Protocol Nr. 701

scanned image
Name: K. D.
Gender: female
Place of birth: Budapest
Date of birth: 1915
Place of residence: Budapest
Occupation: housewife
Concentration: Kistarcsa internment camp
Camps: Auschwitz, St. Gheorgental

The person in question has given us the following information: On the 20th of March 1944, a day after the Germans invaded the country I wanted to send a pack to my husband who was in labour service with one of his comrades, who spent his days off at home and was travelling back the same day. I asked a policeman whether I could enter the building of the railway station. He politely responded “Just come in,” and he right away put me in the line of other captured Jews. In the evening they took me to Kistarcsa, and the 29th of April to Auschwitz. The first weeks in Kistarcsa were awful. 10-12 people lay on a straw mattress without any cover or provision. The only food we got was sent to us by the Hungarian National Jewish Aid Action. There was a policeman called Bakos, who was infinitely cruel to us. He destroyed us mentally. He kept telling us that “You would not go home from here any more.” It appeared that he was going to be right because we had to leave for Auschwitz the 28th of April. There were 78 people in the freight car: 50 women and 28 men. We arrived after a day of travel. On arrival, they asked us at the station whether someone was sick or unable to walk. Naturally, many volunteered. They were sent directly to the gas chamber. In those days the train stopped far away, and later we - the first Hungarian transport – built the rail on which the train could come closer. For three weeks we stayed in a so-called quarantine before I got into the so-called Kanadakommando together with 150 others. The Kanadakommando used to open the luggage and sort out the clothes of the deported. We received better treatment, and wore the same striped clothes and red headscarves. I spent here around four months. We worked with the clothes of dead people. We found documents and photos in their pockets. Mentally, this work destroyed us completely. It was horrible to see the chimneys throwing out fire everyday, and to see the pits on fire from afar. Dead bodies were so numerous that the crematoria did not have the capacities to burn them all so they burnt people also in pits out in the open. There were transports that arrived during the night and were sent to the gas chamber without selections. There were nights when they burnt 25,000 people. People from the last Hungarian transport came from Újpest and the neighbourhoods of Pest. A few weeks later there was less work to do because no new transports arrived so the Kanadakommando was dismissed. My last horrible memory working in the Kanada is the episode when men, who had worked in the gas chambers, were brought to our place and gassed in the room where the Kanada used to gas clothes. For four weeks I was in quarantine from where I got into an Aussenkommando. On the third day an SS-man beat me almost to death with no apparent reason only because he was drunk. He was treading on me, kicking me, and he broke three of my ribs. The German head doctor of the hospital prepared a report (so-called Meldung) about it, since it was too much even for him. I stayed in hospital for 8 days, and I could stay another week in the block for the convalescent. Later, I was transferred into the commando of the weaving mill. This was the most horrible. If we did not weave the expected quantity they would beat us. The road to the workplace led through totally muddy parts and we crossed them without shoes and warm clothes. At the end of October, also the commando of the weaving mill was moved into Camp C. This was even more horrible because the rain fell into the block. We stood there lined up for roll call in the freezing cold and we had to work afterwards. It also happened that they were disinfecting us all the night and we could not sleep at all but we had to go to work all the same. At the same time the kitchen moved and it meant that we did not get a bite of food from Sunday noon till Wednesday evening. They said it was a punishment but we never found out for what. When they wanted to make Aryan people work in the weaving mill the Jews were dismissed and I was selected for a transport the 29th of November. They took me to St. Gheorgenthal, where I worked for an aircraft parts plant. In the beginning there were only 200 people working there guarded by 10 Aufseherins. These Aufseherins were quite nice when compared to those in Auschwitz. When Russians approached us they brought here prisoners from various camps, and also the SS came with them. This meant that life became hell also here. They would keep beating us. We dug trenches, and they forced us to get prepared to counter the enemy. On the 20th of December, I fell sick with pneumonia and typhus that had an effect later also on my legs. The 9th of May, the Russians liberated us. I spent another two weeks in hospital before I came home.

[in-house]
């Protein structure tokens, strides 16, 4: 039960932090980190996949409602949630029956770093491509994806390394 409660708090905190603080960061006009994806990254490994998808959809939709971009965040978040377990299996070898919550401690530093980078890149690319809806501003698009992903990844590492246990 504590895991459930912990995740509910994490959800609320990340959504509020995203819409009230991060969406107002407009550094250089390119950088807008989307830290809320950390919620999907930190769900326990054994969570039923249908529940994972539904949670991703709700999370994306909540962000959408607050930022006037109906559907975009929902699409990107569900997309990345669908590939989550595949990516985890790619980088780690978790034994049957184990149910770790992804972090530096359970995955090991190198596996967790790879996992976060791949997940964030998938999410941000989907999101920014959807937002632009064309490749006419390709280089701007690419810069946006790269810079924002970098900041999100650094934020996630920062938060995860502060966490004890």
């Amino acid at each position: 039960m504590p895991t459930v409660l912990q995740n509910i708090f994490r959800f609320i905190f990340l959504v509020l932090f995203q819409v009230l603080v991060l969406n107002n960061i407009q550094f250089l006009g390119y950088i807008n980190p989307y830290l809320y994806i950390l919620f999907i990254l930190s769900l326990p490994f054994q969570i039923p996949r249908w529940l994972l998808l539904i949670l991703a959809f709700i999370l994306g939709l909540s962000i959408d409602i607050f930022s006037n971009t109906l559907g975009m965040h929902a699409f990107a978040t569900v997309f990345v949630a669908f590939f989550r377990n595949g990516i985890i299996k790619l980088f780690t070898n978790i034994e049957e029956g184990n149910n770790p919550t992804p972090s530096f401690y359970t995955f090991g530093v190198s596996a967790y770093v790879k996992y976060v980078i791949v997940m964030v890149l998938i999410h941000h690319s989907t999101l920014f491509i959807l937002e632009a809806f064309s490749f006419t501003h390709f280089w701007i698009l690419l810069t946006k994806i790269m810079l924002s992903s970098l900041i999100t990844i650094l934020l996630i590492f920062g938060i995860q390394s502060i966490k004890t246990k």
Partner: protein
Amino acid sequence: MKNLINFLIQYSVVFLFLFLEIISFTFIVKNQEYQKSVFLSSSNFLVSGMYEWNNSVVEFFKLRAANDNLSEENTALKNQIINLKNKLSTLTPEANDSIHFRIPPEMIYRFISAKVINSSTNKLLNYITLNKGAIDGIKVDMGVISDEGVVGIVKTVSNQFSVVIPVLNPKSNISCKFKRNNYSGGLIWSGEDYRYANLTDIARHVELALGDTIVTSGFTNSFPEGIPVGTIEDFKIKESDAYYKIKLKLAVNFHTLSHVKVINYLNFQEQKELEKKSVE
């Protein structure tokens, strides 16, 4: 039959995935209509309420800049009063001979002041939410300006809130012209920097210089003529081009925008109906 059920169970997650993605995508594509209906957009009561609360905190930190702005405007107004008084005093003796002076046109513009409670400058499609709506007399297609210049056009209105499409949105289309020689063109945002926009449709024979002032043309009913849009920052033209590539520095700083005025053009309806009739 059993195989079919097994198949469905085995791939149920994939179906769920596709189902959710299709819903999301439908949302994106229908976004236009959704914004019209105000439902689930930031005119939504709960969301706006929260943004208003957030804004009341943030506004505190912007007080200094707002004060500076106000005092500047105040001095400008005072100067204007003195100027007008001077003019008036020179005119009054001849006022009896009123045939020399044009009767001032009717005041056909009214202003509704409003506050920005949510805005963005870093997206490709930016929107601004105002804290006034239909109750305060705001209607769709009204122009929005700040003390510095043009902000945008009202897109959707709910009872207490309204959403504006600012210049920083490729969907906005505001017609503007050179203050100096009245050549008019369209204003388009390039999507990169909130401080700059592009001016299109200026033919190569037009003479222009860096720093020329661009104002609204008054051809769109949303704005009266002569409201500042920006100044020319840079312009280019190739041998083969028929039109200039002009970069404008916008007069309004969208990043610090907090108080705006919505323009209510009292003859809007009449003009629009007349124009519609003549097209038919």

váltás magyarra